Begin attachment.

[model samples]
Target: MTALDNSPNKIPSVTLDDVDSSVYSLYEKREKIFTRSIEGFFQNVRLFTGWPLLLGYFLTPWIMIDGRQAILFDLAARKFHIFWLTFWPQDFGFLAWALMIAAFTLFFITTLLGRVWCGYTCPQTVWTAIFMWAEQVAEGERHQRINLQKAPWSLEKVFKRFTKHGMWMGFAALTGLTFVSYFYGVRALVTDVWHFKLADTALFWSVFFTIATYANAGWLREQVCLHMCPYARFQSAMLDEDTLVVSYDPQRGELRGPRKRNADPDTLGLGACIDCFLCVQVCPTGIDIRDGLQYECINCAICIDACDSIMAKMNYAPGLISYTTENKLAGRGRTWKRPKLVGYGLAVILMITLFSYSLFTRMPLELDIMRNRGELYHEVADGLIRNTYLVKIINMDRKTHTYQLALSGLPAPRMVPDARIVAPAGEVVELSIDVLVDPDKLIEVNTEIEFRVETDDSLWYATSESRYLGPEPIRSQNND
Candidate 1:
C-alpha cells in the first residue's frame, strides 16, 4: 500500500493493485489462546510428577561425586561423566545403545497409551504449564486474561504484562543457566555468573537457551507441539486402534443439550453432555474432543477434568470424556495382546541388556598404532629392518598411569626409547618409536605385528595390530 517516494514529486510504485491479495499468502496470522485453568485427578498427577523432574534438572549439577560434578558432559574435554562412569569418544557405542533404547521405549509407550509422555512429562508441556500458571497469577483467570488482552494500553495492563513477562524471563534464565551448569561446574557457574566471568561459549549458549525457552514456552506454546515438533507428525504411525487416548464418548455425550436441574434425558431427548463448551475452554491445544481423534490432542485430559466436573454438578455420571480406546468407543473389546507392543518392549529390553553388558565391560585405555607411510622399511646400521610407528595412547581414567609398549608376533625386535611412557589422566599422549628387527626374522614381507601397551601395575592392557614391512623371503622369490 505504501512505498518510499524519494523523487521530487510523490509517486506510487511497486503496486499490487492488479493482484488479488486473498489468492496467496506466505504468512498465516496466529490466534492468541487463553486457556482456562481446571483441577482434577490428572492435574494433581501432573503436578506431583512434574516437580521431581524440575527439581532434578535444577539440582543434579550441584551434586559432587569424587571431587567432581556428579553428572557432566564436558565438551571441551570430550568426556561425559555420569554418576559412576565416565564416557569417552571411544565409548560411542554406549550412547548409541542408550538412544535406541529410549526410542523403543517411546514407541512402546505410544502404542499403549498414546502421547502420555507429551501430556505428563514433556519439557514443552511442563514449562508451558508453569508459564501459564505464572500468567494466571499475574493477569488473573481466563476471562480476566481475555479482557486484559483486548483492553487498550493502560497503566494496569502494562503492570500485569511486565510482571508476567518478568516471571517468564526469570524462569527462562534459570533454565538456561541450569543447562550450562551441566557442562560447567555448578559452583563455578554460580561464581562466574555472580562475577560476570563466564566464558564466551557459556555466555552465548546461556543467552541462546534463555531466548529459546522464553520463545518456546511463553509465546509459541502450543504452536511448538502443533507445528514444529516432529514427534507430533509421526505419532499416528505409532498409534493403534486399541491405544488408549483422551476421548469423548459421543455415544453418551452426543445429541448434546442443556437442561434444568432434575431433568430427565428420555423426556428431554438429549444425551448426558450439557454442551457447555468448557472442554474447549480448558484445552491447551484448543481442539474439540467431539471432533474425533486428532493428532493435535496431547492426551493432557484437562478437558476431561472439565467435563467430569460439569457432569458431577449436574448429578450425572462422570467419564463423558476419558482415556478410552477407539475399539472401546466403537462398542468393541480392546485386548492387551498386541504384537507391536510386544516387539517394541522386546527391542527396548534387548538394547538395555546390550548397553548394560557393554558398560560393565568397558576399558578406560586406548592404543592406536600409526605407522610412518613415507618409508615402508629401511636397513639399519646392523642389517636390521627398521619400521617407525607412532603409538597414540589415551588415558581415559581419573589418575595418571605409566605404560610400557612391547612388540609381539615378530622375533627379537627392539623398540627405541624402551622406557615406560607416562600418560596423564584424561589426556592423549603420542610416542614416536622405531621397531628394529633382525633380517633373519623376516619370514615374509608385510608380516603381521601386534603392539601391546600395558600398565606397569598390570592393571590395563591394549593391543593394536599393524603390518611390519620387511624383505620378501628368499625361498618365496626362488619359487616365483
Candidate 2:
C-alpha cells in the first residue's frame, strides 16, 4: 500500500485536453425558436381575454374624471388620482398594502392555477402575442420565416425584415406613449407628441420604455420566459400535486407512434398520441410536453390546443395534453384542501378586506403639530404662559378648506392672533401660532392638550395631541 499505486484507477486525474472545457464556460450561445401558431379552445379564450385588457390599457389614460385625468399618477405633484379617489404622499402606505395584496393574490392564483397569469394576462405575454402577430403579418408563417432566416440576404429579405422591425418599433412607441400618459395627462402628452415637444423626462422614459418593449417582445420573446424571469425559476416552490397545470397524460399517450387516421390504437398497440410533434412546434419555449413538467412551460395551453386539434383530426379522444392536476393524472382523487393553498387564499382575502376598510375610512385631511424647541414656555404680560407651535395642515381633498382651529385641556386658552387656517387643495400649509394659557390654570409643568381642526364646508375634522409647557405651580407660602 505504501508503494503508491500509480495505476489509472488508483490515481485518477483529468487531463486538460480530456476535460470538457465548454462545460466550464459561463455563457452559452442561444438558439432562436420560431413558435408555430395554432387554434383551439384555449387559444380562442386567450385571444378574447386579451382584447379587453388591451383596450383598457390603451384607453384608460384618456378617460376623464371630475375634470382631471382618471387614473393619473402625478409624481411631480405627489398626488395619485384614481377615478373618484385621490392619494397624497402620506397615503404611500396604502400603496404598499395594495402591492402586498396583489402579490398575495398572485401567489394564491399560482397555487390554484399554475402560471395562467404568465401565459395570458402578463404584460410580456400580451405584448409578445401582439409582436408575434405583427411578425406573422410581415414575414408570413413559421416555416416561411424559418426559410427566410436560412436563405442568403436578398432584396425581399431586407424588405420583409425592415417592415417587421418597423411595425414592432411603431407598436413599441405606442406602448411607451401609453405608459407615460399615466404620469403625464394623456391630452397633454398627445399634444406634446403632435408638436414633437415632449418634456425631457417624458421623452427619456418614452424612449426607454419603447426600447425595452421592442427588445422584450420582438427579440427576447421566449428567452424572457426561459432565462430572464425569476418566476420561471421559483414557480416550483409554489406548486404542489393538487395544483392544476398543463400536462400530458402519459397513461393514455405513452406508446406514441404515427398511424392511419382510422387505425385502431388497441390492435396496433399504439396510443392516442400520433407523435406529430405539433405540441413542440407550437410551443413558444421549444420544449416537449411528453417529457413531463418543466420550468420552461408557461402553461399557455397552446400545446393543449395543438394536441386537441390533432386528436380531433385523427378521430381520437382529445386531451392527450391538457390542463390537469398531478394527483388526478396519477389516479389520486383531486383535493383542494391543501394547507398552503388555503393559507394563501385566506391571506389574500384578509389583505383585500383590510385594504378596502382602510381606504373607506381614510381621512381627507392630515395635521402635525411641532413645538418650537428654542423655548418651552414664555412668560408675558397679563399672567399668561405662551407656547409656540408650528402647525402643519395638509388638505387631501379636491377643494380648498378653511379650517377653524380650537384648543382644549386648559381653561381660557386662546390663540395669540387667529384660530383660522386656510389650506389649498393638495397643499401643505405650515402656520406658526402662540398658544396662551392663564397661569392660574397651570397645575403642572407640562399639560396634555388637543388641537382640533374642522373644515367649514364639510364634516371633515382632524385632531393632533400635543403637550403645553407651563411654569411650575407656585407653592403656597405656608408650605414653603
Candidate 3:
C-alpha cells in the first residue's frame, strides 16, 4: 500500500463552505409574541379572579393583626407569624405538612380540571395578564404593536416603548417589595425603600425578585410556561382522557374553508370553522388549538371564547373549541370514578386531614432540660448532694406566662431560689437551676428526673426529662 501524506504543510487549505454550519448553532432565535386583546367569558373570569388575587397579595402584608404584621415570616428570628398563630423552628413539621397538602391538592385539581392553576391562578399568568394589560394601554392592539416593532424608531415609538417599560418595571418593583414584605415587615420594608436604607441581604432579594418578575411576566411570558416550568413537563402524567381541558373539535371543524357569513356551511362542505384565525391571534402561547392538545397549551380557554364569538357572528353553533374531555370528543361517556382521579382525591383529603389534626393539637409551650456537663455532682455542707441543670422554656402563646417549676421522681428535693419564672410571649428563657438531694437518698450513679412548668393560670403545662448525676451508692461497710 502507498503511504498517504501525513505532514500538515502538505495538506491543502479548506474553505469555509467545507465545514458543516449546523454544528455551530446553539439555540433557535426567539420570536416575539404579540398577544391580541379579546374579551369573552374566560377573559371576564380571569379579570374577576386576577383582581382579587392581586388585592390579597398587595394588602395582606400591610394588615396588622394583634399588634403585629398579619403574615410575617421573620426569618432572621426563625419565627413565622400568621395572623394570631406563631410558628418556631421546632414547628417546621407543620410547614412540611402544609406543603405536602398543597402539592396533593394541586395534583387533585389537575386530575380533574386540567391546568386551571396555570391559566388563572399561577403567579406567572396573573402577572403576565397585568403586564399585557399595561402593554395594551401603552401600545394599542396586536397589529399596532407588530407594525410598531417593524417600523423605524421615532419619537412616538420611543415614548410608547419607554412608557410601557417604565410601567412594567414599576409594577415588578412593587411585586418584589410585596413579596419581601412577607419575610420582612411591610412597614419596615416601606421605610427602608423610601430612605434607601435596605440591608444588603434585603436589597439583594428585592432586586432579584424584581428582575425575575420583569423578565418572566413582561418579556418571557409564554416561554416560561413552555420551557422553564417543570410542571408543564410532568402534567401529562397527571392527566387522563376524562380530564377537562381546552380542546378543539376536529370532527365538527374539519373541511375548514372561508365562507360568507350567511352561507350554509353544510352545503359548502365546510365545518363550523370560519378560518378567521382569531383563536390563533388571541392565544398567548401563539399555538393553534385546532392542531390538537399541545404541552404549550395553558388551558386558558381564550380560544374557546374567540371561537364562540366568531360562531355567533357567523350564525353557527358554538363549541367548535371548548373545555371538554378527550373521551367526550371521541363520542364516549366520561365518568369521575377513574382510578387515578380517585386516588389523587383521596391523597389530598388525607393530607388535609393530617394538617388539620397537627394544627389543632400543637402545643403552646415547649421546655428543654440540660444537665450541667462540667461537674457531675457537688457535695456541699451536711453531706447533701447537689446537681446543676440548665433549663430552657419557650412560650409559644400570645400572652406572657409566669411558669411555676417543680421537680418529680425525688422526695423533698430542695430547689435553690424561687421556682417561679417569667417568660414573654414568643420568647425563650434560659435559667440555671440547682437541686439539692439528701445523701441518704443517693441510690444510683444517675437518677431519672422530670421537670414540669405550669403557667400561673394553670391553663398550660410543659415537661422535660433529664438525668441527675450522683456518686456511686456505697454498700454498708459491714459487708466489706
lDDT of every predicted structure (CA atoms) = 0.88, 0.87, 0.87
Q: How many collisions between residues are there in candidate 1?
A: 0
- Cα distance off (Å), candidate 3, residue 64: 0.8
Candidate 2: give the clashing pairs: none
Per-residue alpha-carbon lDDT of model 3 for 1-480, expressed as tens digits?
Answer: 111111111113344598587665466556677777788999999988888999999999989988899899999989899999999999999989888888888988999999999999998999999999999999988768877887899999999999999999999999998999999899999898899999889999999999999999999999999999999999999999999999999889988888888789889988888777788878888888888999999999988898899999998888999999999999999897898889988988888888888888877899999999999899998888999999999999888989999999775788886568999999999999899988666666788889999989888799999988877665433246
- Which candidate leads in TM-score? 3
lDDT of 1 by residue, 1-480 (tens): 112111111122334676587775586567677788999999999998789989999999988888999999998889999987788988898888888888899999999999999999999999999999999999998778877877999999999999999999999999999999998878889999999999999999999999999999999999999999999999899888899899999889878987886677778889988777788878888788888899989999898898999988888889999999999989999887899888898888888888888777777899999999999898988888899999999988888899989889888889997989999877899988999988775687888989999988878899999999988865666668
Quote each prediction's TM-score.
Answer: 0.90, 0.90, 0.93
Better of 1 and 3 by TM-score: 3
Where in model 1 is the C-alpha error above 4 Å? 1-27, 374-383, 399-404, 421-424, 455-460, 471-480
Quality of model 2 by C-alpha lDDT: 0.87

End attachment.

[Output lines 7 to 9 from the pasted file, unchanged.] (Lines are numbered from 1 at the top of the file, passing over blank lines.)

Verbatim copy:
Candidate 3:
C-alpha cells in the first residue's frame, strides 16, 4: 500500500463552505409574541379572579393583626407569624405538612380540571395578564404593536416603548417589595425603600425578585410556561382522557374553508370553522388549538371564547373549541370514578386531614432540660448532694406566662431560689437551676428526673426529662 501524506504543510487549505454550519448553532432565535386583546367569558373570569388575587397579595402584608404584621415570616428570628398563630423552628413539621397538602391538592385539581392553576391562578399568568394589560394601554392592539416593532424608531415609538417599560418595571418593583414584605415587615420594608436604607441581604432579594418578575411576566411570558416550568413537563402524567381541558373539535371543524357569513356551511362542505384565525391571534402561547392538545397549551380557554364569538357572528353553533374531555370528543361517556382521579382525591383529603389534626393539637409551650456537663455532682455542707441543670422554656402563646417549676421522681428535693419564672410571649428563657438531694437518698450513679412548668393560670403545662448525676451508692461497710 502507498503511504498517504501525513505532514500538515502538505495538506491543502479548506474553505469555509467545507465545514458543516449546523454544528455551530446553539439555540433557535426567539420570536416575539404579540398577544391580541379579546374579551369573552374566560377573559371576564380571569379579570374577576386576577383582581382579587392581586388585592390579597398587595394588602395582606400591610394588615396588622394583634399588634403585629398579619403574615410575617421573620426569618432572621426563625419565627413565622400568621395572623394570631406563631410558628418556631421546632414547628417546621407543620410547614412540611402544609406543603405536602398543597402539592396533593394541586395534583387533585389537575386530575380533574386540567391546568386551571396555570391559566388563572399561577403567579406567572396573573402577572403576565397585568403586564399585557399595561402593554395594551401603552401600545394599542396586536397589529399596532407588530407594525410598531417593524417600523423605524421615532419619537412616538420611543415614548410608547419607554412608557410601557417604565410601567412594567414599576409594577415588578412593587411585586418584589410585596413579596419581601412577607419575610420582612411591610412597614419596615416601606421605610427602608423610601430612605434607601435596605440591608444588603434585603436589597439583594428585592432586586432579584424584581428582575425575575420583569423578565418572566413582561418579556418571557409564554416561554416560561413552555420551557422553564417543570410542571408543564410532568402534567401529562397527571392527566387522563376524562380530564377537562381546552380542546378543539376536529370532527365538527374539519373541511375548514372561508365562507360568507350567511352561507350554509353544510352545503359548502365546510365545518363550523370560519378560518378567521382569531383563536390563533388571541392565544398567548401563539399555538393553534385546532392542531390538537399541545404541552404549550395553558388551558386558558381564550380560544374557546374567540371561537364562540366568531360562531355567533357567523350564525353557527358554538363549541367548535371548548373545555371538554378527550373521551367526550371521541363520542364516549366520561365518568369521575377513574382510578387515578380517585386516588389523587383521596391523597389530598388525607393530607388535609393530617394538617388539620397537627394544627389543632400543637402545643403552646415547649421546655428543654440540660444537665450541667462540667461537674457531675457537688457535695456541699451536711453531706447533701447537689446537681446543676440548665433549663430552657419557650412560650409559644400570645400572652406572657409566669411558669411555676417543680421537680418529680425525688422526695423533698430542695430547689435553690424561687421556682417561679417569667417568660414573654414568643420568647425563650434560659435559667440555671440547682437541686439539692439528701445523701441518704443517693441510690444510683444517675437518677431519672422530670421537670414540669405550669403557667400561673394553670391553663398550660410543659415537661422535660433529664438525668441527675450522683456518686456511686456505697454498700454498708459491714459487708466489706
lDDT of every predicted structure (CA atoms) = 0.88, 0.87, 0.87